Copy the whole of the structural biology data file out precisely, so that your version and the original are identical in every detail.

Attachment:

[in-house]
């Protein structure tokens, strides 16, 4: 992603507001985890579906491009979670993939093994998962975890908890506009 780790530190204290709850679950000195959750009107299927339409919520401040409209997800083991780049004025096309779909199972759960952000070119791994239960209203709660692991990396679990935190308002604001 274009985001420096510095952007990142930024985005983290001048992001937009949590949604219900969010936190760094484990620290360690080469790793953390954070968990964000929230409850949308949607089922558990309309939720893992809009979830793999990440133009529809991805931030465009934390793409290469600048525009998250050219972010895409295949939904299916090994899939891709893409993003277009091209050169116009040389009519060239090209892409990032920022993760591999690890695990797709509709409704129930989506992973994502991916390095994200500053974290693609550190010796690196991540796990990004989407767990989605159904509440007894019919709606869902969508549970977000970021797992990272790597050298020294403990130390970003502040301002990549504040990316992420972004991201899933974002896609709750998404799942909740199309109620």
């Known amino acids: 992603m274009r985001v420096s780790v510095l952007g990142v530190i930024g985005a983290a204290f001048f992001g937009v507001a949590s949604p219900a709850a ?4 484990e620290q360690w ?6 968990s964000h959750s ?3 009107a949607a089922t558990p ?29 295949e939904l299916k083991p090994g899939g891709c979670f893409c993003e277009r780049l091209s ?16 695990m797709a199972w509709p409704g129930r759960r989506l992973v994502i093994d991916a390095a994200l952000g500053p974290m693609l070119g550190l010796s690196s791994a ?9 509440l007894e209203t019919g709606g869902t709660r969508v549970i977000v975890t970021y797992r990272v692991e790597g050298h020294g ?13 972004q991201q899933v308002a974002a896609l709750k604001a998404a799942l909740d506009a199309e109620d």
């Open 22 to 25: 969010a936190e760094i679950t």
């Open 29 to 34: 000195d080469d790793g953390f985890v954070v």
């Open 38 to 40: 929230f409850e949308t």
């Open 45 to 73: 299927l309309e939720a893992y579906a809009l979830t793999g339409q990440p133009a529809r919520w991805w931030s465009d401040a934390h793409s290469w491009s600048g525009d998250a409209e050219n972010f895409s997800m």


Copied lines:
[in-house]
């Protein structure tokens, strides 16, 4: 992603507001985890579906491009979670993939093994998962975890908890506009 780790530190204290709850679950000195959750009107299927339409919520401040409209997800083991780049004025096309779909199972759960952000070119791994239960209203709660692991990396679990935190308002604001 274009985001420096510095952007990142930024985005983290001048992001937009949590949604219900969010936190760094484990620290360690080469790793953390954070968990964000929230409850949308949607089922558990309309939720893992809009979830793999990440133009529809991805931030465009934390793409290469600048525009998250050219972010895409295949939904299916090994899939891709893409993003277009091209050169116009040389009519060239090209892409990032920022993760591999690890695990797709509709409704129930989506992973994502991916390095994200500053974290693609550190010796690196991540796990990004989407767990989605159904509440007894019919709606869902969508549970977000970021797992990272790597050298020294403990130390970003502040301002990549504040990316992420972004991201899933974002896609709750998404799942909740199309109620």
């Known amino acids: 992603m274009r985001v420096s780790v510095l952007g990142v530190i930024g985005a983290a204290f001048f992001g937009v507001a949590s949604p219900a709850a ?4 484990e620290q360690w ?6 968990s964000h959750s ?3 009107a949607a089922t558990p ?29 295949e939904l299916k083991p090994g899939g891709c979670f893409c993003e277009r780049l091209s ?16 695990m797709a199972w509709p409704g129930r759960r989506l992973v994502i093994d991916a390095a994200l952000g500053p974290m693609l070119g550190l010796s690196s791994a ?9 509440l007894e209203t019919g709606g869902t709660r969508v549970i977000v975890t970021y797992r990272v692991e790597g050298h020294g ?13 972004q991201q899933v308002a974002a896609l709750k604001a998404a799942l909740d506009a199309e109620d």
């Open 22 to 25: 969010a936190e760094i679950t």
């Open 29 to 34: 000195d080469d790793g953390f985890v954070v």
């Open 38 to 40: 929230f409850e949308t």
């Open 45 to 73: 299927l309309e939720a893992y579906a809009l979830t793999g339409q990440p133009a529809r919520w991805w931030s465009d401040a934390h793409s290469w491009s600048g525009d998250a409209e050219n972010f895409s997800m």